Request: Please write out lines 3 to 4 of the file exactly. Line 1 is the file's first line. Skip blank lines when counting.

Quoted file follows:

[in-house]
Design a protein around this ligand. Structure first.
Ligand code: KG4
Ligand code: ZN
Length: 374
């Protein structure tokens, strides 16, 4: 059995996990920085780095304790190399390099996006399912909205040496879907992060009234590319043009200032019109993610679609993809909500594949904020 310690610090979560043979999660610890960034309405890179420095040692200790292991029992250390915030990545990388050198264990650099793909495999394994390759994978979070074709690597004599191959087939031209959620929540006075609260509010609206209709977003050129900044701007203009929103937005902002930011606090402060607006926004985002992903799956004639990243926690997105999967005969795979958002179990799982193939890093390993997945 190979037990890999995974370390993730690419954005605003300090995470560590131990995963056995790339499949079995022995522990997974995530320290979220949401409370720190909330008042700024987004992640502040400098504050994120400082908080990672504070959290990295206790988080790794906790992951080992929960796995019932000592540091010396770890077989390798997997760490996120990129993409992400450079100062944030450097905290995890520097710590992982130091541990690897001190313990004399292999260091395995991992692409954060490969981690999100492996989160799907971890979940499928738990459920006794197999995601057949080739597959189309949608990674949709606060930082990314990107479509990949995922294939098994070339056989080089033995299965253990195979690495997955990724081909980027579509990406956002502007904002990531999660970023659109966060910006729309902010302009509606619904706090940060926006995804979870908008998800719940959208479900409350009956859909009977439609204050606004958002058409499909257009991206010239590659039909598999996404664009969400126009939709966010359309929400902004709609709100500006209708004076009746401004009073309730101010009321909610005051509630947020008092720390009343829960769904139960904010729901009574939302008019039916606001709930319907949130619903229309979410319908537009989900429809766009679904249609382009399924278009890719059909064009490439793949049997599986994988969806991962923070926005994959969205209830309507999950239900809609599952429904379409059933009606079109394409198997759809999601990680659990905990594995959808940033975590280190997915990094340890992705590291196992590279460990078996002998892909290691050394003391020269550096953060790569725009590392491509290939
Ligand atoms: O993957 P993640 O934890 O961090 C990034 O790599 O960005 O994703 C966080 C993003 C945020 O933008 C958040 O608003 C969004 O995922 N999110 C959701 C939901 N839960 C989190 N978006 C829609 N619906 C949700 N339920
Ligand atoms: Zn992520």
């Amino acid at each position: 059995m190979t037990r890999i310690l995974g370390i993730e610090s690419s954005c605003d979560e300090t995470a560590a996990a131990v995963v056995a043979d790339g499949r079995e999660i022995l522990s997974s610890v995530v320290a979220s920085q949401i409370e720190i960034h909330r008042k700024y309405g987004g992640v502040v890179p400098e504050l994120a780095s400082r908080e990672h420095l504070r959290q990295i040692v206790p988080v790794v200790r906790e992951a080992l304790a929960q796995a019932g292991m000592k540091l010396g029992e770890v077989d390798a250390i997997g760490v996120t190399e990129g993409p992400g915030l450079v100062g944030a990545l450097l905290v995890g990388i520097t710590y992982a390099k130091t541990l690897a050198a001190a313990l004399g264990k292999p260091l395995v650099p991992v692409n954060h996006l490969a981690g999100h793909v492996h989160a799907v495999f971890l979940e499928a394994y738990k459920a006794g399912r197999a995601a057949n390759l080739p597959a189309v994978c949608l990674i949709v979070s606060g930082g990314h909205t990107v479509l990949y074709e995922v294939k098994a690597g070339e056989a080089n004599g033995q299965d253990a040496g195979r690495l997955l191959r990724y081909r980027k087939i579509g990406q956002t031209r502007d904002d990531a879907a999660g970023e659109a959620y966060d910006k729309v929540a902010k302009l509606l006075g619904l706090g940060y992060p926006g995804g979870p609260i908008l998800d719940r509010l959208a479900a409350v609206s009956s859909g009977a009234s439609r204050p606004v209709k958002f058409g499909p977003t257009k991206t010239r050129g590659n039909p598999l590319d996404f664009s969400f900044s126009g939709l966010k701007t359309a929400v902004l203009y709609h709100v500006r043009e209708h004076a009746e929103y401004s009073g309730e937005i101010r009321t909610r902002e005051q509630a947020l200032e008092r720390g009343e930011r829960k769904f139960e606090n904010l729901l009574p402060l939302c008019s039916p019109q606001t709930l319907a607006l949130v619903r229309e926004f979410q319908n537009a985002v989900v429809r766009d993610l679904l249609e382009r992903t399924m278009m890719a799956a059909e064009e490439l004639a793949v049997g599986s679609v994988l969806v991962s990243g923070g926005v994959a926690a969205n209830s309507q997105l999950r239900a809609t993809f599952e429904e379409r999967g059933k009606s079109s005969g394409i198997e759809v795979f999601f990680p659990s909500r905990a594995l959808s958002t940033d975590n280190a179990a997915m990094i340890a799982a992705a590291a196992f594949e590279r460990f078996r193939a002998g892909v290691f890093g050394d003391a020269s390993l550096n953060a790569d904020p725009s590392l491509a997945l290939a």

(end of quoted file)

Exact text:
Ligand code: KG4
Ligand code: ZN